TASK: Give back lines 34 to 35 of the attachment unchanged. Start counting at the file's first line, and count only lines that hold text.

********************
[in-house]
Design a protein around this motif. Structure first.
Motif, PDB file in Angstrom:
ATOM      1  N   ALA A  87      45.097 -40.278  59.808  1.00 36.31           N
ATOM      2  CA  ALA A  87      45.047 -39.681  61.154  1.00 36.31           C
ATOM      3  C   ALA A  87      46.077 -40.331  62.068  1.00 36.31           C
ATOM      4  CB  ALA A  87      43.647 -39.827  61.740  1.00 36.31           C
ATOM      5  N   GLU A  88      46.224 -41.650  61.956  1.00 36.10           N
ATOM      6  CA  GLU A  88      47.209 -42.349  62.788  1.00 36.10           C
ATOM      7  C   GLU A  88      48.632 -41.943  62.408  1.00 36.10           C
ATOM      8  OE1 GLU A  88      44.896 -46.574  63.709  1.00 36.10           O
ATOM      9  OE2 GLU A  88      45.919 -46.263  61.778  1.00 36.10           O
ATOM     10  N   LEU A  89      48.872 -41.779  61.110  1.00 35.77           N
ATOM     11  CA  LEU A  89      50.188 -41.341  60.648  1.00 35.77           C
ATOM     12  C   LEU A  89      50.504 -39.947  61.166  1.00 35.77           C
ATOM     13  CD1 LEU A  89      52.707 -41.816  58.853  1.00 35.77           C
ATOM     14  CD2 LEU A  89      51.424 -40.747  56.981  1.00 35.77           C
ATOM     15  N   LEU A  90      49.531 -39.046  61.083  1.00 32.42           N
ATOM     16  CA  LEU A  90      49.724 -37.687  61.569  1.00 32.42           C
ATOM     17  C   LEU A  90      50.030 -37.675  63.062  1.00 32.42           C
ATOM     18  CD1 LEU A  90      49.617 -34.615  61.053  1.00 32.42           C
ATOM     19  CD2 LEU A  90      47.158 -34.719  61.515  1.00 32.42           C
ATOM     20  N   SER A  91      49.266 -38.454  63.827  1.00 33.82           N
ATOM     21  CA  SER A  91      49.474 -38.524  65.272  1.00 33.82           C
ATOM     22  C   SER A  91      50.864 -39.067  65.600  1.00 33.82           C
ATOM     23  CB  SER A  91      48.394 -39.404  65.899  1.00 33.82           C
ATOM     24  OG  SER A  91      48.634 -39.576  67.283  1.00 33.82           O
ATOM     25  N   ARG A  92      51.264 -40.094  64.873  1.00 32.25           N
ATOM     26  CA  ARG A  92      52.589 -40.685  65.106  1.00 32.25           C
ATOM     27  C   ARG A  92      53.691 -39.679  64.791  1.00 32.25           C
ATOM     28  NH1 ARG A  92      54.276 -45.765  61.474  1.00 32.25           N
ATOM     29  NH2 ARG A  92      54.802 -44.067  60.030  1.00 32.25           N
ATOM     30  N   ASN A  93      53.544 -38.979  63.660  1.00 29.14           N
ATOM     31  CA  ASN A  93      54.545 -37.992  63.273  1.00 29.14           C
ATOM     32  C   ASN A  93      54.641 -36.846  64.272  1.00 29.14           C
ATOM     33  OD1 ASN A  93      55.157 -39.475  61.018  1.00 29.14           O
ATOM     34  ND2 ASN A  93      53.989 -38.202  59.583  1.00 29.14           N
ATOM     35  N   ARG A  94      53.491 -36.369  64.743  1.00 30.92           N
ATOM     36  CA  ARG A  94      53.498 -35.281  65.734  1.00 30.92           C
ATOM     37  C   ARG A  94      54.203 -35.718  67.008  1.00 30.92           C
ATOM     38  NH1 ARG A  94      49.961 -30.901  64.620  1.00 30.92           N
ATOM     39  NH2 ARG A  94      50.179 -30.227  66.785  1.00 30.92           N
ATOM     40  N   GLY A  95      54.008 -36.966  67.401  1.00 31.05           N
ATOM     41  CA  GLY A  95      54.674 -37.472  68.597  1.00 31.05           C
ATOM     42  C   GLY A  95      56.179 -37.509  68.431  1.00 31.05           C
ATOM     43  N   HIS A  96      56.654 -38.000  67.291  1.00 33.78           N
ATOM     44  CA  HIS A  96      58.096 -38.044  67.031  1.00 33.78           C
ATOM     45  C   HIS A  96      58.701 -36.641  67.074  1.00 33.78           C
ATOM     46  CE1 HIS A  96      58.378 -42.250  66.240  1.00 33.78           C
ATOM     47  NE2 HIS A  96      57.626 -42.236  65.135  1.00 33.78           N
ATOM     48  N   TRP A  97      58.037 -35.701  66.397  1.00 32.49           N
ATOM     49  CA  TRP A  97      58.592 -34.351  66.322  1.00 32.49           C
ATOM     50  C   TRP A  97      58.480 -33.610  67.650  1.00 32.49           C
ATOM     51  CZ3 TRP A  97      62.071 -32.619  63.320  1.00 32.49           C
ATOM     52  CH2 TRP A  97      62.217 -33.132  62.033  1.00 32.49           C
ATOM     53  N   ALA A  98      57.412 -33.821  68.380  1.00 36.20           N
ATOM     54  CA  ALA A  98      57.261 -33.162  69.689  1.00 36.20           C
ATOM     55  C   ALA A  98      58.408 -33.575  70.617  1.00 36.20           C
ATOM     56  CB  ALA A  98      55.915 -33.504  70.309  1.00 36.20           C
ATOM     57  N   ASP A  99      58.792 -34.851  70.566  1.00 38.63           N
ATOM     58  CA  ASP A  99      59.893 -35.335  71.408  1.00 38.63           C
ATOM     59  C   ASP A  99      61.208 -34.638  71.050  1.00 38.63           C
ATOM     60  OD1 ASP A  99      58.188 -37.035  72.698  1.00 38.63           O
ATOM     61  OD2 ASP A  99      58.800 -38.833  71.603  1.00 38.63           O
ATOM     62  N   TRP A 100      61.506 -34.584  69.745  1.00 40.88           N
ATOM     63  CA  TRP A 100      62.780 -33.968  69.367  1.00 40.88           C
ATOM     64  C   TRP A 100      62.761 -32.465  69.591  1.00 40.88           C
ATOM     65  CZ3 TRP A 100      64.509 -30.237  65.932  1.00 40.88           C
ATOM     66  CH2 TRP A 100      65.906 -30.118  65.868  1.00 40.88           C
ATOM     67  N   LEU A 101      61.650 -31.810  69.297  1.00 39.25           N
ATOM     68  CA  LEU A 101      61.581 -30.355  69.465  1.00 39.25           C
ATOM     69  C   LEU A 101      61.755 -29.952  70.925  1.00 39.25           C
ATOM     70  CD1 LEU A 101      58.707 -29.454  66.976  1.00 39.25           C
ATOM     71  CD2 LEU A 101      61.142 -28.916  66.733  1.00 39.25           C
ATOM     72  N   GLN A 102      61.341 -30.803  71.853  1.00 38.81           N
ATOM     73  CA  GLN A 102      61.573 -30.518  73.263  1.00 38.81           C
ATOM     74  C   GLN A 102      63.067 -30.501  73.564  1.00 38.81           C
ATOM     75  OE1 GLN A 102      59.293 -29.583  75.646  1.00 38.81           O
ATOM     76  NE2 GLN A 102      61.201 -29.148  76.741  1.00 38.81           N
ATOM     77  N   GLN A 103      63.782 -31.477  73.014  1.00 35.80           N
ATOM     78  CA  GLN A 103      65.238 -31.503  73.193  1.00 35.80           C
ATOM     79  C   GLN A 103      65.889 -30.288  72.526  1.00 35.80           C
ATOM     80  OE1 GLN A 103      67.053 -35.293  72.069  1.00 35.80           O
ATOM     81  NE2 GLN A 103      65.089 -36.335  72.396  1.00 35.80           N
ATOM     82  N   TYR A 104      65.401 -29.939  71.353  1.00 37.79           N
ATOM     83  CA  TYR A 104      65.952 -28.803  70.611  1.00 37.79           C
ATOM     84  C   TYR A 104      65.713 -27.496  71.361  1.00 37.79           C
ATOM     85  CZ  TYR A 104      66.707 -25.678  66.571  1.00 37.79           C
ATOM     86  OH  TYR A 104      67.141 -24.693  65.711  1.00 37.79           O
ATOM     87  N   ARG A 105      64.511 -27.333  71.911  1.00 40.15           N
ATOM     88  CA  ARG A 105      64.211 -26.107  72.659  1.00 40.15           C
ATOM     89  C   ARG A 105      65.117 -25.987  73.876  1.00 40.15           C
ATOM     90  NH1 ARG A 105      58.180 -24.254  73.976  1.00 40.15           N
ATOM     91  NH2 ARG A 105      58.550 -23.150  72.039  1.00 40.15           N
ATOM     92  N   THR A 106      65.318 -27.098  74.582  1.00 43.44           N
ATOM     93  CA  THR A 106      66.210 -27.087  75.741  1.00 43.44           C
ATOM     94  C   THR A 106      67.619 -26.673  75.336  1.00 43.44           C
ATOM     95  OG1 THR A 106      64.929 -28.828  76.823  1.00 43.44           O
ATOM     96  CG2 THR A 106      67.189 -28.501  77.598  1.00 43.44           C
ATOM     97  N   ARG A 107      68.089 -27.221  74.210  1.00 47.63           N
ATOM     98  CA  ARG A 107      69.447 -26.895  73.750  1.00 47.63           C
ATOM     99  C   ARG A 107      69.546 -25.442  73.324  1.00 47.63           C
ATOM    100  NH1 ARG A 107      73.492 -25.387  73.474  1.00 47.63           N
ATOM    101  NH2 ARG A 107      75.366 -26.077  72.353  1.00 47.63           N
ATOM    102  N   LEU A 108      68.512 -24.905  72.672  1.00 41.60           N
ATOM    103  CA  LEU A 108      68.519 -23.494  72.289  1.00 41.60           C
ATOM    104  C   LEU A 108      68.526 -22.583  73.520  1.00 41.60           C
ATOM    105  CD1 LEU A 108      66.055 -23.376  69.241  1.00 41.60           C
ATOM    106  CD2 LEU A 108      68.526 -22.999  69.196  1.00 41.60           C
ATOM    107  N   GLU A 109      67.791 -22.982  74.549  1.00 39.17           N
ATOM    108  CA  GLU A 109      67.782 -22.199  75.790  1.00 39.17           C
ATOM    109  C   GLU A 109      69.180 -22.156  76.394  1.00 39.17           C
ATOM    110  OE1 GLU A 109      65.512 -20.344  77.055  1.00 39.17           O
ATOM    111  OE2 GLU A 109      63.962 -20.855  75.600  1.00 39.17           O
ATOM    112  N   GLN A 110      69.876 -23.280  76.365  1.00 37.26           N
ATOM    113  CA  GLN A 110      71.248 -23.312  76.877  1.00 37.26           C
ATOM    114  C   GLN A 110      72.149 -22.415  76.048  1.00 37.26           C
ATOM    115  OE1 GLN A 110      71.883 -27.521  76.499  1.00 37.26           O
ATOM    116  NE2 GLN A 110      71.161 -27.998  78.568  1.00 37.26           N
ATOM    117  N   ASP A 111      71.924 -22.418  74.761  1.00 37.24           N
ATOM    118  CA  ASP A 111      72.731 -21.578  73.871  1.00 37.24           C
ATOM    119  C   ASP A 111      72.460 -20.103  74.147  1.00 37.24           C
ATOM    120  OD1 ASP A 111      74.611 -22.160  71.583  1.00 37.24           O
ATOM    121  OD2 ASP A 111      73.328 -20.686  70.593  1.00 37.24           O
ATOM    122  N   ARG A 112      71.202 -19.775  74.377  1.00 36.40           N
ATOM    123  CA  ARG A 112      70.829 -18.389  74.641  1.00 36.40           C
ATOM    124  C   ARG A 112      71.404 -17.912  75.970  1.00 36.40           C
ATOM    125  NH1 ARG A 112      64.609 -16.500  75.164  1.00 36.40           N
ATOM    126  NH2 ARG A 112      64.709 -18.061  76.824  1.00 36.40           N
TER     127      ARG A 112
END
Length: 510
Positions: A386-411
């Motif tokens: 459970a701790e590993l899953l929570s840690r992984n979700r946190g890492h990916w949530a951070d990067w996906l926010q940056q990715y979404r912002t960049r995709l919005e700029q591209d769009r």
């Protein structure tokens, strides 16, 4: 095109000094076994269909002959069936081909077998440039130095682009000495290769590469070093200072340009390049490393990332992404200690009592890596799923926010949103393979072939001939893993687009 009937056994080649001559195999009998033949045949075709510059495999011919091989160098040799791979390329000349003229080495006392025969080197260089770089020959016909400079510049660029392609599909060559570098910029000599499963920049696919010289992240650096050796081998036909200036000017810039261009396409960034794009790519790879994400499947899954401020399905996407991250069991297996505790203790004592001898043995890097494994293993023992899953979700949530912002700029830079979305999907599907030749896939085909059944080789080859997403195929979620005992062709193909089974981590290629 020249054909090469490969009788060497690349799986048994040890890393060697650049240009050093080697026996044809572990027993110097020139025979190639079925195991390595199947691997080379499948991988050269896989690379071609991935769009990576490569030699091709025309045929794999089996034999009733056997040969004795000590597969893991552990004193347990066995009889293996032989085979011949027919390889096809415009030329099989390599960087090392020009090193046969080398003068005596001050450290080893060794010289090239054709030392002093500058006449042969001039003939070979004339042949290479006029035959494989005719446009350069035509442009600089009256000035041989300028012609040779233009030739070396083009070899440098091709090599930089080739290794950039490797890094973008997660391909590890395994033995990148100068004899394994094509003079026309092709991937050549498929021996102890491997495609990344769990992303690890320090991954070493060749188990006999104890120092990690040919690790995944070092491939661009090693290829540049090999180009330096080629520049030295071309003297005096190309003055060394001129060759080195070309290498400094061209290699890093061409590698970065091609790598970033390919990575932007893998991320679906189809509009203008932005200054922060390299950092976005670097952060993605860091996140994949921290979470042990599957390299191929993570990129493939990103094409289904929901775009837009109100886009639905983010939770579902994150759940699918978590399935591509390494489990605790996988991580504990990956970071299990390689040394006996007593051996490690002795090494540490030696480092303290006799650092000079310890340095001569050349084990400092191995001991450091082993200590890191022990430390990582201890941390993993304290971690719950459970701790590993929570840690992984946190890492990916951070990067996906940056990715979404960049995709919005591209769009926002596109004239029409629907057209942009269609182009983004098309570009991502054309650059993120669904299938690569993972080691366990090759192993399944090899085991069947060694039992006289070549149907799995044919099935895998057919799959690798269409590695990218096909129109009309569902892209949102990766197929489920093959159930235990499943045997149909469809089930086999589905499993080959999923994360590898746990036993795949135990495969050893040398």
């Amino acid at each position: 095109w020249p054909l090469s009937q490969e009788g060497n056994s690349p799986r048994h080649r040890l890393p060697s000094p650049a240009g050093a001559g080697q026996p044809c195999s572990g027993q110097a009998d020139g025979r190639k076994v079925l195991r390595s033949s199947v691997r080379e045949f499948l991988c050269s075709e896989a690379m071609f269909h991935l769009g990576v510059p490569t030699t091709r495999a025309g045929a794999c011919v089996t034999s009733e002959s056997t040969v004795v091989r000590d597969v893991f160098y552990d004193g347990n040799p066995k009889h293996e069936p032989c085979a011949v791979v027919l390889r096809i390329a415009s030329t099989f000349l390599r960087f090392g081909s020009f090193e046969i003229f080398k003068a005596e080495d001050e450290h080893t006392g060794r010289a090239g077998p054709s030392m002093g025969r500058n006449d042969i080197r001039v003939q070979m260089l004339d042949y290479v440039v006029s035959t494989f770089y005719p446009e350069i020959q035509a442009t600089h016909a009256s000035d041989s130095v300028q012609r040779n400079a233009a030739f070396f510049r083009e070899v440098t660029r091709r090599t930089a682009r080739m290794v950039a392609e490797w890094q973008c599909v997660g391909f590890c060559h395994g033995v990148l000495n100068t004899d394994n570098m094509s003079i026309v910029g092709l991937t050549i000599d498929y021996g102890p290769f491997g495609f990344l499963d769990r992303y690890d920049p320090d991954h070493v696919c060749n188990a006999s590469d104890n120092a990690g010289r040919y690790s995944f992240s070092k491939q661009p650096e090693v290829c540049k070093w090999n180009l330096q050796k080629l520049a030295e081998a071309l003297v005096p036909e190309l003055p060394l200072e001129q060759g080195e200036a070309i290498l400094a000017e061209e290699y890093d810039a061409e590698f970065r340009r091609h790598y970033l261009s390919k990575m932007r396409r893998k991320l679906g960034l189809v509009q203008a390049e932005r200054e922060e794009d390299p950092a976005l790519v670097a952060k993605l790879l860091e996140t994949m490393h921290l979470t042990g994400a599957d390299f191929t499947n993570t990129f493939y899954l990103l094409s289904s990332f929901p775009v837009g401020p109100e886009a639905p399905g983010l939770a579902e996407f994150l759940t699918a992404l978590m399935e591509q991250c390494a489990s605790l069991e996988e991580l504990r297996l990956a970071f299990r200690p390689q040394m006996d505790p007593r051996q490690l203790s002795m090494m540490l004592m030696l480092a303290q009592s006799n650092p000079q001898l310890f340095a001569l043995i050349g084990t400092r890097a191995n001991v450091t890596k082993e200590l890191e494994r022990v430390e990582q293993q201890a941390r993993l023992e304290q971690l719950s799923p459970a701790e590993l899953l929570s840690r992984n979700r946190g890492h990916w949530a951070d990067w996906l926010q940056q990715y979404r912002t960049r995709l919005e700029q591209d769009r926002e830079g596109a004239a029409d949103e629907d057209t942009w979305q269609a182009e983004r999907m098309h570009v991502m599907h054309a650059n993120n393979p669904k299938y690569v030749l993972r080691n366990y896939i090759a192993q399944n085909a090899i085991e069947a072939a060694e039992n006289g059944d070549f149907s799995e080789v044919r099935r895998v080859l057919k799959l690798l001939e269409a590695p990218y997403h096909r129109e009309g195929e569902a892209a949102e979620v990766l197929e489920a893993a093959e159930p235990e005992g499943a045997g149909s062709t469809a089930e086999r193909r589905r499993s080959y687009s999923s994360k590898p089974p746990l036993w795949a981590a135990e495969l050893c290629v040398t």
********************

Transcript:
ATOM     31  CA  ASN A  93      54.545 -37.992  63.273  1.00 29.14           C
ATOM     32  C   ASN A  93      54.641 -36.846  64.272  1.00 29.14           C